The Villalobos Crew
Growing up in southern California, Tia Torres came from a broken home and experienced a tumultuous childhood. She longed for a family of her own from very early on and eventually began to adopt neighborhood dogs and stray cats. Because of this, Tia's stepmother encouraged her to pursue the well-being of animals as part of her life-long mission.
After Tia's father left, she was raised by her stepmother and Tia harvested a passion for four-legged friends. Upon leaving home at the age of 17, Tia began caring for other people and animals even if it meant making personal sacrifices. She created a family from these lost souls.
With hopes of helping people, Tia eventually worked for the Army and as a gang counselor where she met the father of her daughter, Tania. Unfortunately, Tania's father was caught up in drugs and became physically abusive toward Tia, which led to his arrest and subsequent prison time.
Years later, Tia met the man who became father to her second daughter, Mariah. He was involved with animals, and that was a perfect fit for Tia. In the late 1990s, during a visit to a local shelter, Tia met a pit bull that made a huge impression on her. Four-year-old pit bull Tatanka (as she would later be named) broke free from a kennel attendant and ran toward Tia's daughters. Tatanka knocked down the girls and licked their faces much to their delight. It wasn't long before Tatanka became a huge part of the family. With Tatanka, Tia built the Villalobos Rescue Center, now the largest pit bull rescue facility in the country.
The journey to save pit bulls was a rough one as pit bulls were in the news every week as public enemy number one. Tia worked feverishly trying to earn a reputable reputation saving the most maligned type of dog in the world. In March of 1999, things finally changed in her favor.
A pit bull attack on a two-year-old child prompted a city-wide panic. Hundreds of pit bulls were turned into shelters, let loose on the streets and some were even found tortured and tossed out like garbage. The shelters couldn't cope with the number of pit bulls being turned in, so they turned to Tia for help. After meeting with city officials, Tia created the Pit Bull Support Group, which combined free obedience classes, spaying and neutering, medical assistance and training seminars. Her goal was to restore a sense of calm in LA and let people know that their beloved pets were not going to turn on them. Having successfully launched this effort, Tia finally felt she made a true difference. Shelters from around the country asked her to speak as a pit bull expert and cities began to implement the same type of program and became proactive.
As Tia's career began to grow, her 12-year relationship with Mariah's father diminished, and shortly after he wanted her and the dogs off his property. After a lot of fundraising, borrowing money from friends and grant writing, Tia managed to make a deal that allowed Villalobos Rescue Center to remain on the property. Though it was scary going out on her own with approximately 100 pit bulls to care for and as a single mother, a positive change took place. During a rescue that concerned a dog whose owner was involved in a criminal case, Tia stumbled upon Web sites that advertised "prison pen pals." Tia spotted a man whose photo hypnotized her. He looked like a modern-day vampire, yet there was something gentle and kind about his photo. Not interested in yet another traditional relationship and considering a pen pal as "safe," Tia began a long-distance, letter-writing relationship with Aren Jackson.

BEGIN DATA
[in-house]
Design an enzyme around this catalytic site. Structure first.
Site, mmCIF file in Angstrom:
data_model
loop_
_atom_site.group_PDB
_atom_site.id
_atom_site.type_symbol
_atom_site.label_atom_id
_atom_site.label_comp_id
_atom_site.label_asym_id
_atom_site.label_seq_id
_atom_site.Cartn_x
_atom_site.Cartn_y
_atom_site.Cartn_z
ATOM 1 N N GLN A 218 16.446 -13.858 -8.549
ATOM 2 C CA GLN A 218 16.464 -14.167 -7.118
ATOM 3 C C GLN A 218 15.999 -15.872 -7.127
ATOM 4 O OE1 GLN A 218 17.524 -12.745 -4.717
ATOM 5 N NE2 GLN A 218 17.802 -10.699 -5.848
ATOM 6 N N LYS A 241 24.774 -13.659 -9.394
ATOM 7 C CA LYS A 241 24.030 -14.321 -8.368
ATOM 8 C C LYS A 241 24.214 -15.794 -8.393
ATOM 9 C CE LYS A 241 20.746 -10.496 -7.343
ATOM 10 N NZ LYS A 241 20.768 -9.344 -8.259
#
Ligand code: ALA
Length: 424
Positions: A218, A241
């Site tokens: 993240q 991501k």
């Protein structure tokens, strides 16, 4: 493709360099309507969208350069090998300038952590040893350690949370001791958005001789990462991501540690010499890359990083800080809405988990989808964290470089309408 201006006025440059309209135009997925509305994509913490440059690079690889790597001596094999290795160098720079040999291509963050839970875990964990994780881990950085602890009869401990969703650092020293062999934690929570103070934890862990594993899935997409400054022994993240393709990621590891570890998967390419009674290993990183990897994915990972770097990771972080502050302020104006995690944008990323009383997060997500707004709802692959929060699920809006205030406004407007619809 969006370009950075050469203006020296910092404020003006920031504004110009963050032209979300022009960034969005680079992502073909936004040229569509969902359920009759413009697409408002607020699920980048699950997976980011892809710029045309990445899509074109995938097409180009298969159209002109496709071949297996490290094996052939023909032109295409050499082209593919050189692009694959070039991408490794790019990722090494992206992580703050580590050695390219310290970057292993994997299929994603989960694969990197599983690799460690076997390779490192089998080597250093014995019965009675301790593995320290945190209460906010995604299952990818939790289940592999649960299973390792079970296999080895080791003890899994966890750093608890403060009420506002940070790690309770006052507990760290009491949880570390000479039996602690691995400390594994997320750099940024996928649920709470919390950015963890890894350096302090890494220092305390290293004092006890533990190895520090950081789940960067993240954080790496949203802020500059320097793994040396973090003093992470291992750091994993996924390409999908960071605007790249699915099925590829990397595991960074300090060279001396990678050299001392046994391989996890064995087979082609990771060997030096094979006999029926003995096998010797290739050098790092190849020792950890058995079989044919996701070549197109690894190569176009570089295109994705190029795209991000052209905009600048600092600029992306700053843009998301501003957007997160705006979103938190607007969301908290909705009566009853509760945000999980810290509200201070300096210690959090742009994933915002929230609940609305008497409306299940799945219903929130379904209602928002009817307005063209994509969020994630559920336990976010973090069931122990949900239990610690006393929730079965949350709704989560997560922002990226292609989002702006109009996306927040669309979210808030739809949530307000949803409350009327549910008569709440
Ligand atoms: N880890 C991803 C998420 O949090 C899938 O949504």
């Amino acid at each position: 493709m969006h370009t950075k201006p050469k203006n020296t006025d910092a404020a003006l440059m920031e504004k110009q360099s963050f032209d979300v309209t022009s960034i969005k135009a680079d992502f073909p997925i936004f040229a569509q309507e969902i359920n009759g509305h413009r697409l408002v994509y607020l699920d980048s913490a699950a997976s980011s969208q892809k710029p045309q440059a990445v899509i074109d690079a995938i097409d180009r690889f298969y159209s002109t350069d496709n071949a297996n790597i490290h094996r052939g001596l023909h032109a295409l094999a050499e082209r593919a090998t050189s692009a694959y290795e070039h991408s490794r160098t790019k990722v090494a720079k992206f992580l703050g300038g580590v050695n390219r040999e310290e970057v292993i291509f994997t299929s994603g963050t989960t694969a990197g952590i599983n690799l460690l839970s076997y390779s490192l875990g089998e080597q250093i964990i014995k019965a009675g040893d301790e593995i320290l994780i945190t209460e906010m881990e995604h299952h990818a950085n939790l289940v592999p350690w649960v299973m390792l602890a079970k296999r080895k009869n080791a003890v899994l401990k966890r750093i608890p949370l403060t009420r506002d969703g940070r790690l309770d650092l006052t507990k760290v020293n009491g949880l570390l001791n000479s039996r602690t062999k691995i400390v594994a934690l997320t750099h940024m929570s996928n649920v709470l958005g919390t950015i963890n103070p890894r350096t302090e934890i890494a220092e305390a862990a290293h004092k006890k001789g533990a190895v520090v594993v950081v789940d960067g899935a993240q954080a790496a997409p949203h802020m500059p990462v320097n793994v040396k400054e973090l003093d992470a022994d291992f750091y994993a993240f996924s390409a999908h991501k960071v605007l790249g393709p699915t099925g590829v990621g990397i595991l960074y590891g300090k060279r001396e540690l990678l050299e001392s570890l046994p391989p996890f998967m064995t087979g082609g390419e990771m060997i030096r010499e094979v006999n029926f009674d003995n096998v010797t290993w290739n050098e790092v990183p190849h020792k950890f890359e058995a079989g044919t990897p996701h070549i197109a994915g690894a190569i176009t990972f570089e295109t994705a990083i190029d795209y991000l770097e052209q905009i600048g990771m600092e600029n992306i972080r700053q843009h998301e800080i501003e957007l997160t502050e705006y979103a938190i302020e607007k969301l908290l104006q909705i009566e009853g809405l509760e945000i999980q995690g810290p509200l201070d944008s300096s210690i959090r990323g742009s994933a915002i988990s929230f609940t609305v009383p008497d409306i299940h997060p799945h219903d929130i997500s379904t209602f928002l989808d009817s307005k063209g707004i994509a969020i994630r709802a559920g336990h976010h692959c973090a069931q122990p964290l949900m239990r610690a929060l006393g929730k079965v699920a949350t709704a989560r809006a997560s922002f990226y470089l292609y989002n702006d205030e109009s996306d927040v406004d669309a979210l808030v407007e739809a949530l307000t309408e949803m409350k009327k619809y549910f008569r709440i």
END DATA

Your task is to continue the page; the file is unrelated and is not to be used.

Tia and Aren wrote back and forth for five years, having never spoken on the phone nor visiting him in prison. At one point, they lost touch until Tia received a phone call from him early in 2006 — Aren was released from prison after serving a 14-year term. Once they met in person, they were inseparable and eventually married. The couple realized how difficult it was for parolees to succeed in this society. Together, they came up with the idea of employing parolees to work at Villalobos Rescue Center. It was also during this time that Tia's daughter Mariah brought home twin teenage boys whose mother had abandoned them; Tia eventually adopted the boys into her "functional, dysfunctional family."
In 2006, with the help of her family, Tia built a program called The Underdawgz, which serves as an entity within the Villalobos Rescue Center. The Underdawgz pairs parolees and pit bulls — both men and dogs nobody else wants. The parolees feed the dogs, clean the kennels and learn how to train the pit bulls in preparation for adoption.
On Sept. 11, 2006, the facility was raided by the parole department. Law enforcement claimed it was a routine check up. They found some small stolen items on the property, which Tia says belonged to another parolee. Tia's husband was charged and incarcerated for the crime. With the case still pending, running the rescue has become emotionally and economically difficult for Tia and her family. Each day is a battle, but Tia finds conviction in her mission to turn society's trash into treasure and by the dogs who work their magic on the "baddest" good guys in town.